Feeling the heavy sway of the horse beneath her move from side to side, darkness was all Maggie could see as her eyes cautiously opened. Jumping at the bellowing sound of the stranger's deep voice, she silently cursed herself for making it known she was no longer sleeping.
"Where's Lyall?" she meekly asked.
The rugged man held out his arms, her cue it was no longer time for traveling. With nothing more than a shrug of his broad shoulders and a scowl on his face, Ian simply replied, "Dead."
Standing with both feet planted firmly on the ground, his muscular arms crossed at his chest, Maggie felt his eyes watching her every flicker of emotion. Even though it was dark, she could easily see the outline of his face. With his square jaw line and hair just below his ears, Maggie tried making out the rest of his features, but was unsuccessful. As he walked away without saying another word, her mind was left reeling with unanswered questions, the most important being: Was she now a captive of these men?
It didn't feel as if they wanted to harm her, she hadn't been bound by the wrists or threatened as of yet. Deciding it best to test her boundaries, Maggie slowly wandered aimlessly around the area they were preparing for the night. She couldn't help but notice every man working together. It was a far cry compared to what she had seen of Lyall and his group. Maybe if she were lucky, her current companions would be kind enough to share a bit of food and the warmth of their fire.
The eldest of the five stood not more than three feet away, watching Maggie with questioning in his dark, hazel eyes. He was wondering the same thing everybody was. Who is this woman, and where did she come from?
"Excuse me," Maggie whispered. "Would you mind if I found some privacy? I could really use a moment to myself, if you understand my meaning." Maggie stared at him with pleading eyes. Hopefully he wouldn't make her matters as public as Lyall had.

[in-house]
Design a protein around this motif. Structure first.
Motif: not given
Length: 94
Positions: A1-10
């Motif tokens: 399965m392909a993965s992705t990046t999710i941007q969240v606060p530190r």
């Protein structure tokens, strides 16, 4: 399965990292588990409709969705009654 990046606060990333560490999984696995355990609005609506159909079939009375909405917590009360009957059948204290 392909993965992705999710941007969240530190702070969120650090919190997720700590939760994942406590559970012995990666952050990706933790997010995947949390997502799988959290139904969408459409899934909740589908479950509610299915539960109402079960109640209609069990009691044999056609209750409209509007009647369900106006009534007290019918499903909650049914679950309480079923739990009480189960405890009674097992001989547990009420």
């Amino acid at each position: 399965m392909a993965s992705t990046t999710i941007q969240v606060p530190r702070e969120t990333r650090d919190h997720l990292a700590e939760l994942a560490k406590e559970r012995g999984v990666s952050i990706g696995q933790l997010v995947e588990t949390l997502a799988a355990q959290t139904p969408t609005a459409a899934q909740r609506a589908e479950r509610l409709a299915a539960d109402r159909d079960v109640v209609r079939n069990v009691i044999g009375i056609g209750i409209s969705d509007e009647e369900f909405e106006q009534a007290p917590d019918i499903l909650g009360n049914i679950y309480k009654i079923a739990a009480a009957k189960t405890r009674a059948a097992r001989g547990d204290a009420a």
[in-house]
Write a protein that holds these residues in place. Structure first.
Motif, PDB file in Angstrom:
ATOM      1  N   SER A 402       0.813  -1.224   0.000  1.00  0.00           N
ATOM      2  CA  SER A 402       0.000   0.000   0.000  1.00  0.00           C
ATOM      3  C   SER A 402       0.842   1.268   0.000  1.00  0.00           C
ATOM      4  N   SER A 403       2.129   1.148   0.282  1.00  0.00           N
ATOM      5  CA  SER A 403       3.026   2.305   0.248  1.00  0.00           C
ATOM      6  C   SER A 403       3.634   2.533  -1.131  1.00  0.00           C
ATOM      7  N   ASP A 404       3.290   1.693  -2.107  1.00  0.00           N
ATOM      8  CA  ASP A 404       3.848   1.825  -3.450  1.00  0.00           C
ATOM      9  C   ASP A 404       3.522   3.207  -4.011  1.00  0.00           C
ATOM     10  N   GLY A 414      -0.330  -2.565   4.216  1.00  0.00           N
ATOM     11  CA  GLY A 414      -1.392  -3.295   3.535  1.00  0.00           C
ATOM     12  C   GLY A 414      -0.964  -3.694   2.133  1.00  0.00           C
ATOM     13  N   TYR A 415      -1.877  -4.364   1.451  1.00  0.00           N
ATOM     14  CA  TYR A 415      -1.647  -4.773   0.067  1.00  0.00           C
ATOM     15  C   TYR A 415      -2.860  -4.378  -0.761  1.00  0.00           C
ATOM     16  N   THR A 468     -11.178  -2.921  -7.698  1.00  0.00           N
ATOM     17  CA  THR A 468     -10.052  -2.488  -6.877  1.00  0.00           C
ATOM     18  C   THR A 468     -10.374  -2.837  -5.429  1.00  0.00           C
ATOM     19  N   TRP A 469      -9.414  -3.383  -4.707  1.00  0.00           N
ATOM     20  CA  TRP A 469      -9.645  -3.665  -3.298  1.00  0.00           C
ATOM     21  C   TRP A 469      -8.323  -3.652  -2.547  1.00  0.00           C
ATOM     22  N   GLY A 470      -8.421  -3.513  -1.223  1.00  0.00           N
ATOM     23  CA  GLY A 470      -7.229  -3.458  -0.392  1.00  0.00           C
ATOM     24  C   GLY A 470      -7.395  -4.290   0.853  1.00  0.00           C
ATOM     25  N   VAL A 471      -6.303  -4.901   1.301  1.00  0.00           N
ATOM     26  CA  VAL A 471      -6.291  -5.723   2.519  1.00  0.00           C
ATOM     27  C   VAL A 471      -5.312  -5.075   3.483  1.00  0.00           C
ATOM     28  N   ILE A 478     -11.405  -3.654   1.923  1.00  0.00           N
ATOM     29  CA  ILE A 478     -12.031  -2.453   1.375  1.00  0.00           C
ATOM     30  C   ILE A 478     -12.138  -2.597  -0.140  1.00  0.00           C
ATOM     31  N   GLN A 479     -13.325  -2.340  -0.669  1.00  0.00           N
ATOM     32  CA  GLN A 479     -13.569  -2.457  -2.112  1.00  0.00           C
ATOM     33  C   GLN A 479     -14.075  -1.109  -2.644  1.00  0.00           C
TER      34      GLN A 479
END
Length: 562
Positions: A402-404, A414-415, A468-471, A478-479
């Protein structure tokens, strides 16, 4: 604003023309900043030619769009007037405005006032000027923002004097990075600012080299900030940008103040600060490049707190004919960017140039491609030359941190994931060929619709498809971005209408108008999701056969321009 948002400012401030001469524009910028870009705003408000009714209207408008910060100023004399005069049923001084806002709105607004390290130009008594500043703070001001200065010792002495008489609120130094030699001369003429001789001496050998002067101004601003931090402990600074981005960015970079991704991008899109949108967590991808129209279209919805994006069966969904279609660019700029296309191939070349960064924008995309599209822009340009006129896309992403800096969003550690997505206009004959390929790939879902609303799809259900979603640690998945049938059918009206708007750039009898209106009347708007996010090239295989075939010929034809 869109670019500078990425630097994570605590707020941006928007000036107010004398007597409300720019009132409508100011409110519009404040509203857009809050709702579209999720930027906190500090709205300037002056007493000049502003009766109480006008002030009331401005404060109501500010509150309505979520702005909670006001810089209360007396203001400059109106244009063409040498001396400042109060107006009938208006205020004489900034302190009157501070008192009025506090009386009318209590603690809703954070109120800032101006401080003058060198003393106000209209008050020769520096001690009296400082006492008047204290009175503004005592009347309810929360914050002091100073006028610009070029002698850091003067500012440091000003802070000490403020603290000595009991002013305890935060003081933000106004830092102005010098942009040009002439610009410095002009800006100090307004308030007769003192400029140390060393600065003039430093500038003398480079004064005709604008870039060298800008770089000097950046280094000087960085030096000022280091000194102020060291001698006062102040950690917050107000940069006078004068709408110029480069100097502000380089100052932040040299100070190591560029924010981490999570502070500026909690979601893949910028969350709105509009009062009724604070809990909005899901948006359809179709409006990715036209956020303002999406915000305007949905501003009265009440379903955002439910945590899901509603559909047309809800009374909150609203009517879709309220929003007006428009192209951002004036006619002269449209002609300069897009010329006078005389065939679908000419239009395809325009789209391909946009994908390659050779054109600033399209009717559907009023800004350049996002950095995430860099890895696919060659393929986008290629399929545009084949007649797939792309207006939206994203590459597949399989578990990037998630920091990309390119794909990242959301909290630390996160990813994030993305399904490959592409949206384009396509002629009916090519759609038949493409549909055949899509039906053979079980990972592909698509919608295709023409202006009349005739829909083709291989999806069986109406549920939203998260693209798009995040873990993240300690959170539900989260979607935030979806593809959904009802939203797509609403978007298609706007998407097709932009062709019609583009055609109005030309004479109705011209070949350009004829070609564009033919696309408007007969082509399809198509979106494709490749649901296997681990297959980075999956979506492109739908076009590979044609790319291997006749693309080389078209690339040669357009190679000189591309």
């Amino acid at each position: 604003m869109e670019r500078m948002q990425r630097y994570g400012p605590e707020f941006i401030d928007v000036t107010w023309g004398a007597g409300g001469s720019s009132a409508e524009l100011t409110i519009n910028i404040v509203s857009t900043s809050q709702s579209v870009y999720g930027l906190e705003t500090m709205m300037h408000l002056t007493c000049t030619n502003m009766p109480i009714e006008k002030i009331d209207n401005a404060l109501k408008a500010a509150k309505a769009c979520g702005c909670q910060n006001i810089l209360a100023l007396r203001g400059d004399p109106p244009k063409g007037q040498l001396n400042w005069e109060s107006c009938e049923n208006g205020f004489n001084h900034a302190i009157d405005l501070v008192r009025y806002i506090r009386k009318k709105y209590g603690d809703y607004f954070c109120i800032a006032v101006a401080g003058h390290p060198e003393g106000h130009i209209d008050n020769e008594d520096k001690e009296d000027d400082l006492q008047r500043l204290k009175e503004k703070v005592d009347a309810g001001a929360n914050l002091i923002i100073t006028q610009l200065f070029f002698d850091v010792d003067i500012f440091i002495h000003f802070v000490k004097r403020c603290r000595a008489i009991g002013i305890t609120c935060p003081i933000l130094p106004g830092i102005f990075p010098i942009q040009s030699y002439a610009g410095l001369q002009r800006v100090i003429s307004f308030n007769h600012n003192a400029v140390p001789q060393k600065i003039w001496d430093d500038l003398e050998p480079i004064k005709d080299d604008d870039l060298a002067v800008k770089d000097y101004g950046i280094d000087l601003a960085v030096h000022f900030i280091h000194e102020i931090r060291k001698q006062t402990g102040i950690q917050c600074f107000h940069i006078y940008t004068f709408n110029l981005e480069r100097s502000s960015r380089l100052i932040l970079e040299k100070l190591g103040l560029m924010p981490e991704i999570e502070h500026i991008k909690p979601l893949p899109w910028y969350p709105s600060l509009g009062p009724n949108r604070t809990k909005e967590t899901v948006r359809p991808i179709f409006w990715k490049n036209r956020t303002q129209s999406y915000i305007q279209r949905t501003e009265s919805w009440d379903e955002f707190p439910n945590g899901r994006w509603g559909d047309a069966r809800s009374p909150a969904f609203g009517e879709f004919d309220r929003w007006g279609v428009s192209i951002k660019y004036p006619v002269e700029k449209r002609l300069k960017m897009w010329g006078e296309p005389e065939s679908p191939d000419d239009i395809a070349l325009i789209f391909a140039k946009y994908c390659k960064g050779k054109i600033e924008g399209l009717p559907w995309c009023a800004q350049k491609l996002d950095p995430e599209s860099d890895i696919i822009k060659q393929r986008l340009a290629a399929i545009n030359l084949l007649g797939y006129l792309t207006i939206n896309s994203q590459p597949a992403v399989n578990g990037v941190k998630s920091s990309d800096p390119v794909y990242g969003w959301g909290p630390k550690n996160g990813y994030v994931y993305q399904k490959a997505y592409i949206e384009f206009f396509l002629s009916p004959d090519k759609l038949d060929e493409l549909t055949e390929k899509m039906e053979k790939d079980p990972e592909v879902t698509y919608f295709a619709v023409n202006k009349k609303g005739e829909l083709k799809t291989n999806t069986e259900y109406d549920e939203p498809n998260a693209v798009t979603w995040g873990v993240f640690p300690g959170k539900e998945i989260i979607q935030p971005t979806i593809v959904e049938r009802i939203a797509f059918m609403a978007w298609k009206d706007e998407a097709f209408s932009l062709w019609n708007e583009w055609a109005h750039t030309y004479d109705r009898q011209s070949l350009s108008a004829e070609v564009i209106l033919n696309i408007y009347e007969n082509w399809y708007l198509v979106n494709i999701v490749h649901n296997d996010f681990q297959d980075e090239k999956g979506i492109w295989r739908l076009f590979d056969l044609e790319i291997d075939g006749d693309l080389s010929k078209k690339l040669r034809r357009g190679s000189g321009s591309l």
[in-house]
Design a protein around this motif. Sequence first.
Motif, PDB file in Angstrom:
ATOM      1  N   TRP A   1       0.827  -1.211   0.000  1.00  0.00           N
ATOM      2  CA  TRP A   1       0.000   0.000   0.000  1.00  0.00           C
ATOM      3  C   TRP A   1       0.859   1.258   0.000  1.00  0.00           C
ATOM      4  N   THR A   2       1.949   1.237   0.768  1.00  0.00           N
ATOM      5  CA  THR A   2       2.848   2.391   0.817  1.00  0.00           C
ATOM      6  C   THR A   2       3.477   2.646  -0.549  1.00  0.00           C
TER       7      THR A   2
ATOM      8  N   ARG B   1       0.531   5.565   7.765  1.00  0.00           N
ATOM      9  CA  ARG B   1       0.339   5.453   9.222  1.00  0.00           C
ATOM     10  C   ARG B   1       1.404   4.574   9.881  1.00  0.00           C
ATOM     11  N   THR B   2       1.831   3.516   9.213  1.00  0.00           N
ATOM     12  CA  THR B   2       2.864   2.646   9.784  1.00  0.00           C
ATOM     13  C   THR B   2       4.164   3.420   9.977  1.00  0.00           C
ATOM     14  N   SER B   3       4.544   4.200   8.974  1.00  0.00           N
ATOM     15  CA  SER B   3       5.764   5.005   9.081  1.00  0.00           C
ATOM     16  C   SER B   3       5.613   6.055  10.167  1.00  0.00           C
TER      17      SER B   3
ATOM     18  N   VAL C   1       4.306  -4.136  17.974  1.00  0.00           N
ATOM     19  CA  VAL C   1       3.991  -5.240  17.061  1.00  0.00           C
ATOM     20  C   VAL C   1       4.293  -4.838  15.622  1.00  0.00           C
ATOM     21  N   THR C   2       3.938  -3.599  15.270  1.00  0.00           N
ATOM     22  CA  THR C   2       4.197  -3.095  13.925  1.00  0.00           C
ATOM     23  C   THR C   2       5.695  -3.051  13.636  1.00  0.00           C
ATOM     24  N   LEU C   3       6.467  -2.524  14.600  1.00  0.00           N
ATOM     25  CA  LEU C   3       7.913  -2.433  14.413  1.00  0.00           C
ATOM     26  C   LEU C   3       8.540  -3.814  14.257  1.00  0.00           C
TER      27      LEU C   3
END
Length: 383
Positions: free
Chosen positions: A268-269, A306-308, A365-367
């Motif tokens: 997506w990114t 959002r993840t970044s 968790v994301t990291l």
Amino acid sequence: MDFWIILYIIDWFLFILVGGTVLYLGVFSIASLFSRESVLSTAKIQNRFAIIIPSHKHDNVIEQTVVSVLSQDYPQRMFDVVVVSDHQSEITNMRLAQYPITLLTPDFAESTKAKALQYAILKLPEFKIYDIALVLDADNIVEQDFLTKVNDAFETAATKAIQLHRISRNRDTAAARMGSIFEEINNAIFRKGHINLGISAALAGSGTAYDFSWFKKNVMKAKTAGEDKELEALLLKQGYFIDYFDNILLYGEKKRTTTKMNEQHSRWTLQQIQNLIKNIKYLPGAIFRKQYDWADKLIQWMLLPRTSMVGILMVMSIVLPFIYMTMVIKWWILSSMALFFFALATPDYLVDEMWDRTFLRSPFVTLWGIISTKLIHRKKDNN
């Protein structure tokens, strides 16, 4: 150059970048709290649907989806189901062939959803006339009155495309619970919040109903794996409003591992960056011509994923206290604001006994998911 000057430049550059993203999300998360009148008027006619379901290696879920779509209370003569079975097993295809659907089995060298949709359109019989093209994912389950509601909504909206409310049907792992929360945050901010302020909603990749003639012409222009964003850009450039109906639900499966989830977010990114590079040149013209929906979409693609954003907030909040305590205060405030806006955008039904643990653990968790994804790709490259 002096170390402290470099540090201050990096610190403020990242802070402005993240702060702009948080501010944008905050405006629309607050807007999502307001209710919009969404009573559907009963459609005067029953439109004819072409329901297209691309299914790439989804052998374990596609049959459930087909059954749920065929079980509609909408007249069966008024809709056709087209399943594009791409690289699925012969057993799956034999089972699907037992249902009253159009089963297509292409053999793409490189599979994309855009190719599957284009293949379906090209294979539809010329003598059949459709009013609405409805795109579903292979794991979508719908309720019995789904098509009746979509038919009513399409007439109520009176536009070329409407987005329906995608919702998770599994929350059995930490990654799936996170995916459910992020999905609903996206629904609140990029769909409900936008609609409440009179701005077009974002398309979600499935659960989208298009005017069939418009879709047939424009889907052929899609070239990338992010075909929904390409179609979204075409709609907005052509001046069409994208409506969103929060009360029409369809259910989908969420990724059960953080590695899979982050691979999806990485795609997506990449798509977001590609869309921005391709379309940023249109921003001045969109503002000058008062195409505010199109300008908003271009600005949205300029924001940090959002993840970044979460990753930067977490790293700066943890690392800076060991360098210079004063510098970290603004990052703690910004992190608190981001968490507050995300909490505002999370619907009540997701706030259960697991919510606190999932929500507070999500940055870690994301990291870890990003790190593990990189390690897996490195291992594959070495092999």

The graying man looked at her as if she were a complete lunatic. Feeling as if an eternity had passed, Maggie was surprised the moment when he took a hold of her chin with a calloused hand and turned her head in order to inspect her temple wound. "The man sure did one on ye, didn't he?" he said, clicking his tongue. "Ian! The lass has private needs to be met. Would ye like me to escort her?"
Ian, the giant she felt most uneasy about, spun around and gave her such a cold look it made the night air seem pleasant. "I'll handle it, Tavish. Finish up with the fire while I'm gone."
Ian grabbed Maggie by her bruised arm. Flinching as a horrendous pain shot through her body, she insistently tugged her arm from his grasp and stopped walking. Ian let go, his eyes resting where his hand had been placed. Leading her to a part of the woods not more than fifty feet away from camp, he turned his back to face her and walked several paces away. "All right, do what needs to be done."
Maggie stood still for a long moment, hoping he would give up and leave her be. "I know how to get back to the camp. There's no need for you to stay here. I'm not going to run if you think that's what I'm trying to do."
Ian snorted at the thought of Maggie in the woods by herself.
"I'm afraid ye wouldn't get very far."
"I might surprise you," she drawled.
Ian gave a long sigh. "What makes you think I care if ye do run from us? You're no' my responsibility. Besides, it's not us you need to fear. It's the wolves, wild boars, men like what had captured you."
Maggie rubbed the back of her head, wishing she had a couple ibuprofens and a bottled water handy. While definitely regretting the move she made on Lyall, she finished her much needed duty and turned to face the highly intimidating man before her.
I will not be frightened. I will not be frightened.
Crossing his arms over his chest and eying her with unease, Ian's voice turned harsh, causing her to back up a step. "I am Laird Ian MacLachlan. Explain to me why you carry a MacLachlan brooch yet no one here has ever seen you before?"
Maggie could feel the courage inside her diminish by the second. Knowing the question was inevitable, she wasn't quite ready to answer that one yet.
"I... well, it's kind of an amusing story actually."
"Does it really look as if I'm in the mood for an amusing story? I want to know who ye are, and I want nothing less than the truth."